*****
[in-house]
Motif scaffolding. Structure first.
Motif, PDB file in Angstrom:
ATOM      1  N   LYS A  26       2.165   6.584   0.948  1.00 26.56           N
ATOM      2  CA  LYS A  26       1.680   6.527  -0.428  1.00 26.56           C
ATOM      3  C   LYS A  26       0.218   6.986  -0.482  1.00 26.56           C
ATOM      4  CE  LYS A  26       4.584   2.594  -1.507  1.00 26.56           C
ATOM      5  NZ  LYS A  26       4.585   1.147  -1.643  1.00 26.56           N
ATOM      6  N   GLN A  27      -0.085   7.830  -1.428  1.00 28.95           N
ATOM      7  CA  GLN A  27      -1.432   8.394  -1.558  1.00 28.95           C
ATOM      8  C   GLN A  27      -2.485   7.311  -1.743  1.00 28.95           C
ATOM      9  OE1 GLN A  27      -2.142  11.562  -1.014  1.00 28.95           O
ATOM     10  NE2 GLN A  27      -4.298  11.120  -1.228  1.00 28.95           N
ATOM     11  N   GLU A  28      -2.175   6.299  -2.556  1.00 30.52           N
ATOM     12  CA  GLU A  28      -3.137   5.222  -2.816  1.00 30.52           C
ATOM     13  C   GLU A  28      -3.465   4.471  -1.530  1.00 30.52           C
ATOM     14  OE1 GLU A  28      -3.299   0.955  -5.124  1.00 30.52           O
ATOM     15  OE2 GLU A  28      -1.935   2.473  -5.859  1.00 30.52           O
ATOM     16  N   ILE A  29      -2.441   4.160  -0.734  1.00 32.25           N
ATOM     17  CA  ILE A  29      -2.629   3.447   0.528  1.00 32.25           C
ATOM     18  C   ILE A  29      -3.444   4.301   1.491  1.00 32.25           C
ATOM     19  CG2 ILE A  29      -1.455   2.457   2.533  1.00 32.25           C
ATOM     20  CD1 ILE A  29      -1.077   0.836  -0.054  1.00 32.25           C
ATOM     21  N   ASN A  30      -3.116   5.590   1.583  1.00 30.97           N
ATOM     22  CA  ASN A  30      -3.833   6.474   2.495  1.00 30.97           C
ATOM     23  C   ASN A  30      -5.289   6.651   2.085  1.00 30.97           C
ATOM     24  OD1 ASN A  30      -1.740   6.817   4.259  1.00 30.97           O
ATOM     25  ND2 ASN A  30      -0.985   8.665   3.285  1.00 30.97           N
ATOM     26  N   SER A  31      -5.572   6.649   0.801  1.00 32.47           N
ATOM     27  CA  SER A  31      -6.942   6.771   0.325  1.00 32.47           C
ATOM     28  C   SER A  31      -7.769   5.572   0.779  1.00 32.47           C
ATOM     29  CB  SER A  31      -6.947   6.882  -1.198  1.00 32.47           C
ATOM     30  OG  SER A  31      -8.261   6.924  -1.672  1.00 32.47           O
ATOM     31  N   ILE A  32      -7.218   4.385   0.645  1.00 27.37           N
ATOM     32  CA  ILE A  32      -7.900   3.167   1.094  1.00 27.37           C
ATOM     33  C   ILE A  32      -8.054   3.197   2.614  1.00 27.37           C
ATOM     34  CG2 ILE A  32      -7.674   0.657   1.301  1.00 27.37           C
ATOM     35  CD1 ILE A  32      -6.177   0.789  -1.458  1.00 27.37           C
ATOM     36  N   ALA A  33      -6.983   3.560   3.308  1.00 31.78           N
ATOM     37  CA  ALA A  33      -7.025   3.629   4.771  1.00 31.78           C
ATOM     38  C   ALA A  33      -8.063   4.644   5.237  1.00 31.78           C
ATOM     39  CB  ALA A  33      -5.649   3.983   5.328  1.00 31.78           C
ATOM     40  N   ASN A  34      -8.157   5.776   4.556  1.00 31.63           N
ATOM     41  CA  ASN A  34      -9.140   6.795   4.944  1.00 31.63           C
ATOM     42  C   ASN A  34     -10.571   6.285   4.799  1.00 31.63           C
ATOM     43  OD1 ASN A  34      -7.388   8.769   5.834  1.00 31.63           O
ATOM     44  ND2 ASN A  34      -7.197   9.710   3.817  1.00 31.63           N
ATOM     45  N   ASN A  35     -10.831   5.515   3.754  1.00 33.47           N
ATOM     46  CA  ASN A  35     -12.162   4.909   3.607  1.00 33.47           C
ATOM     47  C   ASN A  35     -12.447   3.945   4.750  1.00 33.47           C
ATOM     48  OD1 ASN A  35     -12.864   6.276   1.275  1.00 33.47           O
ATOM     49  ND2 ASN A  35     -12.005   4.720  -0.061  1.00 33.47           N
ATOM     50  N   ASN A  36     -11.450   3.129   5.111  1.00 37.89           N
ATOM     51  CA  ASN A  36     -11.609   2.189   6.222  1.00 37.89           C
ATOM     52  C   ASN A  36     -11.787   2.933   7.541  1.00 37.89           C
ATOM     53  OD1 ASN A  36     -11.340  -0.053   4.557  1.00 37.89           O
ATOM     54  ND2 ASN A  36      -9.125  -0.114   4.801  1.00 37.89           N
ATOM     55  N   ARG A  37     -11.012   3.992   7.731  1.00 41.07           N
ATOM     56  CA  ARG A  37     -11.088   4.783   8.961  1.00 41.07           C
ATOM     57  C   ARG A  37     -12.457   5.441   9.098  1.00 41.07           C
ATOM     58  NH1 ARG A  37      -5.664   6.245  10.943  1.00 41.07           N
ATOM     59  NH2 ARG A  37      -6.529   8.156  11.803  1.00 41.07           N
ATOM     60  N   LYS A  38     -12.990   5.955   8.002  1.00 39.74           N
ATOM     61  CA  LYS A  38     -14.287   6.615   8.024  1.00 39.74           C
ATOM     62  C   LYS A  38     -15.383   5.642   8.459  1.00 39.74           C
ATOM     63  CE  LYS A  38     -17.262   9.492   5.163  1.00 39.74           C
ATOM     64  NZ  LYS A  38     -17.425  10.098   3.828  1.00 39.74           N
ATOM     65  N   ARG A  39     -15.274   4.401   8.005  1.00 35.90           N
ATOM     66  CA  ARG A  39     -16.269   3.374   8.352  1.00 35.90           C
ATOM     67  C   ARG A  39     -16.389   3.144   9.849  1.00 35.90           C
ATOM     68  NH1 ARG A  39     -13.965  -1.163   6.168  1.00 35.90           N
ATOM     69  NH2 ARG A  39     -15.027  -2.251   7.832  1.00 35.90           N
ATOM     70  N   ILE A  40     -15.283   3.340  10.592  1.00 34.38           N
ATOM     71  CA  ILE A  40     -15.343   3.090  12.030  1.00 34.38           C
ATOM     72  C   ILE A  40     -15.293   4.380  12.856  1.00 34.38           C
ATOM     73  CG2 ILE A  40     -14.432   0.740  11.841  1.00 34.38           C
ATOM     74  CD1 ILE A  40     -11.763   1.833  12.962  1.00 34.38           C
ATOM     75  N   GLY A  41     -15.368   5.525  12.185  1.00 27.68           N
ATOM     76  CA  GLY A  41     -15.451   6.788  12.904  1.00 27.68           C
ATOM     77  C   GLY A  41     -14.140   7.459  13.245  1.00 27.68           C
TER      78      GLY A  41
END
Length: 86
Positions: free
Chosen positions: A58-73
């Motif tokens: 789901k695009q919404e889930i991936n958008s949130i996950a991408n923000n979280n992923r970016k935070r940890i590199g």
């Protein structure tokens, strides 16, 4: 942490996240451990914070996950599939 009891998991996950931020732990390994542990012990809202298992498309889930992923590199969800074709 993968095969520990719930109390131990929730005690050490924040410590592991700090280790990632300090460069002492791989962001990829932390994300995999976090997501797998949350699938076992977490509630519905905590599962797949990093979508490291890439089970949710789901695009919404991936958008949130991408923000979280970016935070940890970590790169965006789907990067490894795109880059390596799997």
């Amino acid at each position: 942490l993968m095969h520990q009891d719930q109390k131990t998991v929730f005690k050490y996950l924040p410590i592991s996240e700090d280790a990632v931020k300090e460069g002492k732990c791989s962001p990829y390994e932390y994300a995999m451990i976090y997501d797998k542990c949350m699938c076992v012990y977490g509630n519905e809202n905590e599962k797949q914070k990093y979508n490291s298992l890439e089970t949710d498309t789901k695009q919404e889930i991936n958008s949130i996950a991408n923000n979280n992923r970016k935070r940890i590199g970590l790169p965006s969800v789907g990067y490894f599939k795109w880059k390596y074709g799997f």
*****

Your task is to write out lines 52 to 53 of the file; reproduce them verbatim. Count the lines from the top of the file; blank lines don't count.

ATOM     49  ND2 ASN A  35     -12.005   4.720  -0.061  1.00 33.47           N
ATOM     50  N   ASN A  36     -11.450   3.129   5.111  1.00 37.89           N